Allegations from the 250,000 cables include that Iran's supreme leader has cancer and will die "within months" and that Saudi King Abdullah urged the US to attack Iran and "cut off the head of the snake" over its nuclear programme.


    "Obviously this is a matter of great concern," Clinton said as she headed for an Organisation for Security and Cooperation in Europe summit in Kazakhstan that looks increasingly like a diplomatic damage limitation exercise.


    "We don't want anyone in any of the countries that could be affected by these alleged leaks to have any doubts about our intentions, and about our commitments," Clinton told reporters.


    French President Nicolas Sarkozy, described in the missives as "thin-skinned and authoritarian ... naked emperor", slammed their release as "the ultimate degree of irresponsibility," his government spokesman said.


    The flood of leaked US diplomatic cables -- most of which date from between 2007 and February 2010 -- has revealed secret details and indiscreet asides on some of the world's most tense international issues.


    The website gave the cables to journalists from five Western publications several weeks ago, and they are being released on the Internet in stages.


    WikiLeaks creator Julian Assange described the mass of documentation as a "diplomatic history of the United States" covering "every major issue." The site will next year release documents targeting "a big US bank", he said.


    Venezuela's President Hugo Chavez, a long-time US critic described in the cables as "crazy", praised Assange, while Ecuador even offered the 39-year-old sanctuary.


    US Attorney General Eric Holder said there was an "ongoing criminal investigation" of the leaks and vowed to pursue Assange, an Australian believed to be living in Europe, if he is found to have violated US law.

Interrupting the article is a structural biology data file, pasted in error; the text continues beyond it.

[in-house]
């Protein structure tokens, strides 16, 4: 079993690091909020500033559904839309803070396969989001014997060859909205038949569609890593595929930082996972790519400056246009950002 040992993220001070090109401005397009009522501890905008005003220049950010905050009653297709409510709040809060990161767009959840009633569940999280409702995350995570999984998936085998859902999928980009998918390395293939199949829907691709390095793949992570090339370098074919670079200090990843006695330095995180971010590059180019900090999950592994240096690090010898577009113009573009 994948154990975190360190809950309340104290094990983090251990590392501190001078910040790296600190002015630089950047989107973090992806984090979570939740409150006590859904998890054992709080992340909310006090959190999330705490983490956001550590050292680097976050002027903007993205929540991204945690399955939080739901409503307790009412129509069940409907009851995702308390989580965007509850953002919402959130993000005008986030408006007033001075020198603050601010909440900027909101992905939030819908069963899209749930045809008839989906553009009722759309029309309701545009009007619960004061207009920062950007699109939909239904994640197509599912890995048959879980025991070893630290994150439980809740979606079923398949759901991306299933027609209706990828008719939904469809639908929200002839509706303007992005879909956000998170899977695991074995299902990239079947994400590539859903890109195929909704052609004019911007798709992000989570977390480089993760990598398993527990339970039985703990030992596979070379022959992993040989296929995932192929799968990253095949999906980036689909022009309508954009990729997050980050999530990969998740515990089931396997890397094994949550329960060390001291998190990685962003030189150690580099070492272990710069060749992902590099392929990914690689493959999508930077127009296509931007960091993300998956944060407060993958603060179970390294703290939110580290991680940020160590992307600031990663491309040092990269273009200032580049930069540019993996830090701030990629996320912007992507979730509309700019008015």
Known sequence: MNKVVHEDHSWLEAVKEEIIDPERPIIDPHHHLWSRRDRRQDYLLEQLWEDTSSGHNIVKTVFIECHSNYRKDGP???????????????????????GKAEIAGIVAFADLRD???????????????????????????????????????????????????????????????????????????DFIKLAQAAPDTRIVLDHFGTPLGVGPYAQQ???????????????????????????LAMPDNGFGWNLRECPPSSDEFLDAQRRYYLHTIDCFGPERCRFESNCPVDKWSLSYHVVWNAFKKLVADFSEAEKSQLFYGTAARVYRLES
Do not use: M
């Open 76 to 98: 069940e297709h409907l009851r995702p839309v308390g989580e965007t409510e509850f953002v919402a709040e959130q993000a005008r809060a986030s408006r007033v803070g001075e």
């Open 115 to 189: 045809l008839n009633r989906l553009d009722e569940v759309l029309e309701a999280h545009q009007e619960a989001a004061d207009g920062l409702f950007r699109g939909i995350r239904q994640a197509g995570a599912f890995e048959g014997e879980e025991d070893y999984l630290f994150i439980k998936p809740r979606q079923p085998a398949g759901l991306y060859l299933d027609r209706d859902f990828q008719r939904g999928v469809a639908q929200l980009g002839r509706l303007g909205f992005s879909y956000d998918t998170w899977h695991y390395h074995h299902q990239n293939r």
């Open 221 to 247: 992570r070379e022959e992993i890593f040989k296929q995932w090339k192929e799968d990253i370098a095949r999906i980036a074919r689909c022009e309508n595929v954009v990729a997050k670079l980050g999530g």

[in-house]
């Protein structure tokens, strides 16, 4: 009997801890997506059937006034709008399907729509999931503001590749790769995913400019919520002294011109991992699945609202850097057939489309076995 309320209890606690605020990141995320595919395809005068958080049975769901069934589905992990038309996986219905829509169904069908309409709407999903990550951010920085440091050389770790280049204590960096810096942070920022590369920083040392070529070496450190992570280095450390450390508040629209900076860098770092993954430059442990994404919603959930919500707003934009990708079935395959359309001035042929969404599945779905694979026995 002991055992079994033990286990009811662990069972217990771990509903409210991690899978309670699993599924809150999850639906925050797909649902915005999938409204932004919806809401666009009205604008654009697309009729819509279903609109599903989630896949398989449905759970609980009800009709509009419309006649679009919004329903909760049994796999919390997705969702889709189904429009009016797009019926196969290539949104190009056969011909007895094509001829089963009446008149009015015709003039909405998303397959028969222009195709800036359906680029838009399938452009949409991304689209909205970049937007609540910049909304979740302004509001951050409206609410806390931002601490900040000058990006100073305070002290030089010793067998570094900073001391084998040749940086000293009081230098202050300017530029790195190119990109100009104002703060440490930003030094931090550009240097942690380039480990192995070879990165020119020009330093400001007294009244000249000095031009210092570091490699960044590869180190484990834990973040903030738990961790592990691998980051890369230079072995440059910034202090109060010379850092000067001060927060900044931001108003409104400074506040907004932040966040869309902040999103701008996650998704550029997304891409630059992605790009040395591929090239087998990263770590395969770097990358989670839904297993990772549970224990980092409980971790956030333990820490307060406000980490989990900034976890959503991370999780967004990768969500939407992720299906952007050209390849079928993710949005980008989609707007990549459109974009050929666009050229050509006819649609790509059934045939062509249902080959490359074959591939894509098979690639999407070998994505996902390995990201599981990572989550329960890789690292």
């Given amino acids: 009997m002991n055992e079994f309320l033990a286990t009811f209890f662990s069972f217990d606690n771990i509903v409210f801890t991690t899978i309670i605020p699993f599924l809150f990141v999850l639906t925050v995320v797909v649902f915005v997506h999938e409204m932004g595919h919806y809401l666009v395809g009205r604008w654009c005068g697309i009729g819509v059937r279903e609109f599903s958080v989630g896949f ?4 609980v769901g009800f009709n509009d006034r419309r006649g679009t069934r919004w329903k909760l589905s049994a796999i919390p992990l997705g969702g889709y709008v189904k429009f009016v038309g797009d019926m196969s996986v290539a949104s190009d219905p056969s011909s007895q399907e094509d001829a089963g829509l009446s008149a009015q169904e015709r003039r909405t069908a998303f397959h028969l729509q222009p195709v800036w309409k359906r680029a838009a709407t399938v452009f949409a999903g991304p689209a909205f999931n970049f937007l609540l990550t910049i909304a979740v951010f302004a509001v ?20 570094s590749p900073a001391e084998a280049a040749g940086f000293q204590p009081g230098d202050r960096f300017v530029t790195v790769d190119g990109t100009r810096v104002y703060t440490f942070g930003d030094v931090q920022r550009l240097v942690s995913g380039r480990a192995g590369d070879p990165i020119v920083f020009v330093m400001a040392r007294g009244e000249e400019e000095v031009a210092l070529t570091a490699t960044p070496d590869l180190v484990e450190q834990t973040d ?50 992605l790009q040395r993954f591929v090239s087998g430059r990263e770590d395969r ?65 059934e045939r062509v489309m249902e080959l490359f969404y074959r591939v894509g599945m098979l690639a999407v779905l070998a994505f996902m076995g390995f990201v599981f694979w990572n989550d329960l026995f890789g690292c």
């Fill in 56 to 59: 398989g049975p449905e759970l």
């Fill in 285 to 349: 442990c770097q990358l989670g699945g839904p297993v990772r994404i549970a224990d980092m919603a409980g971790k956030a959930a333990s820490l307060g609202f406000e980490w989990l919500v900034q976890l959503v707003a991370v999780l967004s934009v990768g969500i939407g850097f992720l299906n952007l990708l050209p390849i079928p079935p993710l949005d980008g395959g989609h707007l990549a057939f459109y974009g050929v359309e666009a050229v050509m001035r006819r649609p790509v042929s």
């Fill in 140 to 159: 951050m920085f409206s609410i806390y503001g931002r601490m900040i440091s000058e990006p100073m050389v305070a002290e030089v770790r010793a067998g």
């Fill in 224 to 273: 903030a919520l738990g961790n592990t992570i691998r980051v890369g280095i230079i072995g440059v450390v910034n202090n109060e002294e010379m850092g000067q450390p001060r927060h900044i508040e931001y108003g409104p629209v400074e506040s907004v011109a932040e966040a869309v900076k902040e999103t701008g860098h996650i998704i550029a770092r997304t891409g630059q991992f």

US officials had raced to contain the fallout last week by warning more than a dozen governments but refused to negotiate with WikiLeaks.


    The leaks particularly highlighted the difference between Arab states' public policies and private desires, notably concerning Iran, Iraq and Guantanamo Bay detainees.


    The documents allege that Egypt advised the US to forget about democracy in post-invasion Iraq and allow a return to dictatorship, while Kuwait's interior minister said "the best thing to do is get rid of" Kuwaitis held at Guantanamo.


    Iranian foreign ministry spokesman Ramin Mehmanparast said Tuesday that Arab countries should not fall into the whistleblower's "trap" after memos suggested Gulf states wanted a US military strike on the Islamic republic.


    "This is a very suspicious plot. They have planted some Western and US crimes in them to present them as credible," Mehmanparast said.


    US officials have not confirmed the source of the leaks, but suspicion has fallen on Bradley Manning, a former army intelligence analyst arrested after the release of a video showing air strikes that killed reporters in Iraq.